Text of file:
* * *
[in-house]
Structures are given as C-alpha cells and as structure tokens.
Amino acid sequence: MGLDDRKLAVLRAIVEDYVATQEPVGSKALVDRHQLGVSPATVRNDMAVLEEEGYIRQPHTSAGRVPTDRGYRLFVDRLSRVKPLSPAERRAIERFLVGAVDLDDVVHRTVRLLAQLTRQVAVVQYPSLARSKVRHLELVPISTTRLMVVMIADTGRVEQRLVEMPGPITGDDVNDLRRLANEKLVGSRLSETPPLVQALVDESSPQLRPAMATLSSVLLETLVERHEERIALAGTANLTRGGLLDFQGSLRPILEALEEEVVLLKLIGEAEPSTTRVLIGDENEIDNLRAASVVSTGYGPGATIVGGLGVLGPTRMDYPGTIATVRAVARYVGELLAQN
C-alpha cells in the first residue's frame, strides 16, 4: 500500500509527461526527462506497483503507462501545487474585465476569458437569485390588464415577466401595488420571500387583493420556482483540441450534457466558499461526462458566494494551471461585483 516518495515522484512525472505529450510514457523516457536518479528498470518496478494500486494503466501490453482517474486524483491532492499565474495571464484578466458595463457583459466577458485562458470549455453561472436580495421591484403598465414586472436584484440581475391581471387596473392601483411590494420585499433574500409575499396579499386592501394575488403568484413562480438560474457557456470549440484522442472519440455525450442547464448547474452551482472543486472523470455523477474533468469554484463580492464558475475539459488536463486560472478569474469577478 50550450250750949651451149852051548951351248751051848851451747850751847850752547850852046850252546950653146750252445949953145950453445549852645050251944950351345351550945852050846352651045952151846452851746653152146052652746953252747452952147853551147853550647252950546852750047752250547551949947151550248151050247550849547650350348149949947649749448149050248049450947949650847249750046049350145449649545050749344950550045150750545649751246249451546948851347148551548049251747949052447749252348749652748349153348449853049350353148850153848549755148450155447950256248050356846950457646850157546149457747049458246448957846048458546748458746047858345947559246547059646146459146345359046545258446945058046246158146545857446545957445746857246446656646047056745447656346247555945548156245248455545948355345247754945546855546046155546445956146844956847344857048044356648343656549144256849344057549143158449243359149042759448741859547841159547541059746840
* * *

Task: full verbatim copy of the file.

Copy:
[in-house]
Structures are given as C-alpha cells and as structure tokens.
Amino acid sequence: MGLDDRKLAVLRAIVEDYVATQEPVGSKALVDRHQLGVSPATVRNDMAVLEEEGYIRQPHTSAGRVPTDRGYRLFVDRLSRVKPLSPAERRAIERFLVGAVDLDDVVHRTVRLLAQLTRQVAVVQYPSLARSKVRHLELVPISTTRLMVVMIADTGRVEQRLVEMPGPITGDDVNDLRRLANEKLVGSRLSETPPLVQALVDESSPQLRPAMATLSSVLLETLVERHEERIALAGTANLTRGGLLDFQGSLRPILEALEEEVVLLKLIGEAEPSTTRVLIGDENEIDNLRAASVVSTGYGPGATIVGGLGVLGPTRMDYPGTIATVRAVARYVGELLAQN
C-alpha cells in the first residue's frame, strides 16, 4: 500500500509527461526527462506497483503507462501545487474585465476569458437569485390588464415577466401595488420571500387583493420556482483540441450534457466558499461526462458566494494551471461585483 516518495515522484512525472505529450510514457523516457536518479528498470518496478494500486494503466501490453482517474486524483491532492499565474495571464484578466458595463457583459466577458485562458470549455453561472436580495421591484403598465414586472436584484440581475391581471387596473392601483411590494420585499433574500409575499396579499386592501394575488403568484413562480438560474457557456470549440484522442472519440455525450442547464448547474452551482472543486472523470455523477474533468469554484463580492464558475475539459488536463486560472478569474469577478 50550450250750949651451149852051548951351248751051848851451747850751847850752547850852046850252546950653146750252445949953145950453445549852645050251944950351345351550945852050846352651045952151846452851746653152146052652746953252747452952147853551147853550647252950546852750047752250547551949947151550248151050247550849547650350348149949947649749448149050248049450947949650847249750046049350145449649545050749344950550045150750545649751246249451546948851347148551548049251747949052447749252348749652748349153348449853049350353148850153848549755148450155447950256248050356846950457646850157546149457747049458246448957846048458546748458746047858345947559246547059646146459146345359046545258446945058046246158146545857446545957445746857246446656646047056745447656346247555945548156245248455545948355345247754945546855546046155546445956146844956847344857048044356648343656549144256849344057549143158449243359149042759448741859547841159547541059746840